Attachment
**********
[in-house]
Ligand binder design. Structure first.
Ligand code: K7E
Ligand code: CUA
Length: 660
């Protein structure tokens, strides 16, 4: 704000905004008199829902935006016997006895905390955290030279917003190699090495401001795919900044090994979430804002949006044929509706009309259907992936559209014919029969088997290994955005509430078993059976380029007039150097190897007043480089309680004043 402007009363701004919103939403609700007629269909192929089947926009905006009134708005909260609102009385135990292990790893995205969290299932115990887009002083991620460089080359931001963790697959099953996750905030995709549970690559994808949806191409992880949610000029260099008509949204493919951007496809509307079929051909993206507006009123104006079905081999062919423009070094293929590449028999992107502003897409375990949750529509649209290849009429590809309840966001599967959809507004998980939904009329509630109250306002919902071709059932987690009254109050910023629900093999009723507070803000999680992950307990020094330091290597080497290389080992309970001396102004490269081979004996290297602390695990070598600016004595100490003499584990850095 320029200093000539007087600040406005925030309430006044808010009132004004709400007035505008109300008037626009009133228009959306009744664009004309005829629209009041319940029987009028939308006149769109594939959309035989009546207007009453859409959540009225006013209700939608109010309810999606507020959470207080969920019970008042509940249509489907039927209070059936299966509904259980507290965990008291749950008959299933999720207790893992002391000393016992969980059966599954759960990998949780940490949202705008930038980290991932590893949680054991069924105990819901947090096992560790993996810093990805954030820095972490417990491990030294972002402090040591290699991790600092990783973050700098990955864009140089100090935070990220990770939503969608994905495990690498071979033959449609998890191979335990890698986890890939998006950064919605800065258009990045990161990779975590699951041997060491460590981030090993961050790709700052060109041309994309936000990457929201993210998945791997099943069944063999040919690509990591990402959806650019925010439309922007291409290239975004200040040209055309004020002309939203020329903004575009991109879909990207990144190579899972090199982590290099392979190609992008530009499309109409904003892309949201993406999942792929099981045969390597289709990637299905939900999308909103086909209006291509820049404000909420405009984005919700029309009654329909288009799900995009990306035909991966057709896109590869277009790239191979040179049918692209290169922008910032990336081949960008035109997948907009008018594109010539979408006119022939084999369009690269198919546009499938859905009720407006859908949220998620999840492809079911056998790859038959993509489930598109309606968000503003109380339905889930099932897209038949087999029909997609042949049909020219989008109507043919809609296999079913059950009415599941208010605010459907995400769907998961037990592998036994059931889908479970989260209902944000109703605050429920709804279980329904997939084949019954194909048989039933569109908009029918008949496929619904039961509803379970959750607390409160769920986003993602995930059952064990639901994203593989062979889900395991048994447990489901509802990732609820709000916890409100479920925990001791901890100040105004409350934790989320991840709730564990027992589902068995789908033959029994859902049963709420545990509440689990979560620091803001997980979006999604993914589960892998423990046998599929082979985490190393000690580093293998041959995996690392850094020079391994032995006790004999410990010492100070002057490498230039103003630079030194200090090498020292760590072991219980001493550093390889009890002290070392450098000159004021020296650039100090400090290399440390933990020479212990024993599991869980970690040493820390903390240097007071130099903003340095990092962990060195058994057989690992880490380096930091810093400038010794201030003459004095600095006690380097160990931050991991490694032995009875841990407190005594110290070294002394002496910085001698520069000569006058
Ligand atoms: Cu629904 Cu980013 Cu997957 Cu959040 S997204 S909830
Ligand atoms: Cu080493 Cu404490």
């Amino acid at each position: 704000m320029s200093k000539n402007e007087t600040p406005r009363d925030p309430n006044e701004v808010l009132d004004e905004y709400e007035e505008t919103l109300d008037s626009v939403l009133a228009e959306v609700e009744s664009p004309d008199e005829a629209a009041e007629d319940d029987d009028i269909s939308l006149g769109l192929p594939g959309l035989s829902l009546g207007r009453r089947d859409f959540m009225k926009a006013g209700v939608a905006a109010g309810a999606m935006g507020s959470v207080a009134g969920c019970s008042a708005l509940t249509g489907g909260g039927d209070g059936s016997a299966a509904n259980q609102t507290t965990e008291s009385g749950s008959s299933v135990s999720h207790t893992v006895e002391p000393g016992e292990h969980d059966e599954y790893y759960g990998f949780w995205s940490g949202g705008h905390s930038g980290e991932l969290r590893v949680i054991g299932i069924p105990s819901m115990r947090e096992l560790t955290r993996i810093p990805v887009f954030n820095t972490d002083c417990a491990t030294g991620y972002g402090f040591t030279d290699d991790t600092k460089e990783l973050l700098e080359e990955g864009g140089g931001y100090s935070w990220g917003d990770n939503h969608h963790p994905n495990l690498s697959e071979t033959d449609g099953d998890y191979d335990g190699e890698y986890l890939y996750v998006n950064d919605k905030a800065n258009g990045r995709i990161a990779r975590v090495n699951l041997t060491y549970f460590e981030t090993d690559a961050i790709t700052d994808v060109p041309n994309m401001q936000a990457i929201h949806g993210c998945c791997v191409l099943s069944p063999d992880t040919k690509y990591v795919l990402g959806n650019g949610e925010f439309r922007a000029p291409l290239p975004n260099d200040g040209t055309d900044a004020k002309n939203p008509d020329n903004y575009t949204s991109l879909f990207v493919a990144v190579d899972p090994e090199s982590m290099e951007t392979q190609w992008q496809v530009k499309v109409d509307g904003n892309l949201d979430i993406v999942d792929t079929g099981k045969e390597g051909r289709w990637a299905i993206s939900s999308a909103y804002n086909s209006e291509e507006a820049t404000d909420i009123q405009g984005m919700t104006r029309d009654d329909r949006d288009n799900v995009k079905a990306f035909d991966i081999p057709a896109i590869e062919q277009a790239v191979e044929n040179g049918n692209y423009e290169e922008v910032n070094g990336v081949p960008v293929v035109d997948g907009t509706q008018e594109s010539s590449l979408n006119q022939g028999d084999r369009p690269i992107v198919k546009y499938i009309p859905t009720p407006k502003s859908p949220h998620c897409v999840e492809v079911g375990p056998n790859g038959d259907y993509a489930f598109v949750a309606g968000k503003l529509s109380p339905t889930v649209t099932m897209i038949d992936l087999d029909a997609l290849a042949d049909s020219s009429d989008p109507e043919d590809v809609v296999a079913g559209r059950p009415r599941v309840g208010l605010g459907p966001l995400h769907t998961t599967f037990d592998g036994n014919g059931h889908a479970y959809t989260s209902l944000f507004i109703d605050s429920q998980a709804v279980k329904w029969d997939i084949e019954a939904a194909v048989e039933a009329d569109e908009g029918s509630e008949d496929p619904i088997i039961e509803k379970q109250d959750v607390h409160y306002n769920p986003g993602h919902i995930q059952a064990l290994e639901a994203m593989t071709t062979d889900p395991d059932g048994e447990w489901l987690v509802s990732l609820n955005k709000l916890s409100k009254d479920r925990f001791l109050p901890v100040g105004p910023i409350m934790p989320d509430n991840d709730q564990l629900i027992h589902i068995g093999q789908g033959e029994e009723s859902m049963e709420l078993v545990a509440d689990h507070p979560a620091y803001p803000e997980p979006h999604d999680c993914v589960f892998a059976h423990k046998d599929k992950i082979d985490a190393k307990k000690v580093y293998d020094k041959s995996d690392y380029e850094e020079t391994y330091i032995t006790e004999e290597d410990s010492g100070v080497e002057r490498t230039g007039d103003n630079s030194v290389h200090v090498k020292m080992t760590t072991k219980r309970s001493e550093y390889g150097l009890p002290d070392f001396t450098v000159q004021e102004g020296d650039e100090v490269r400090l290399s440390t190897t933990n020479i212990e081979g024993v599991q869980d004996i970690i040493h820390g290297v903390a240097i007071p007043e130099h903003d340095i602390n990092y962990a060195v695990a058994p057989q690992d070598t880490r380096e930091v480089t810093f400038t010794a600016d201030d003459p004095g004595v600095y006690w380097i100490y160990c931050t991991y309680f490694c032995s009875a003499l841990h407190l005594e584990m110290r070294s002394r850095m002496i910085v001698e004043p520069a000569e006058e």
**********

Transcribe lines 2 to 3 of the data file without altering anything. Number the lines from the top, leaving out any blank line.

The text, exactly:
Ligand binder design. Structure first.
Ligand code: K7E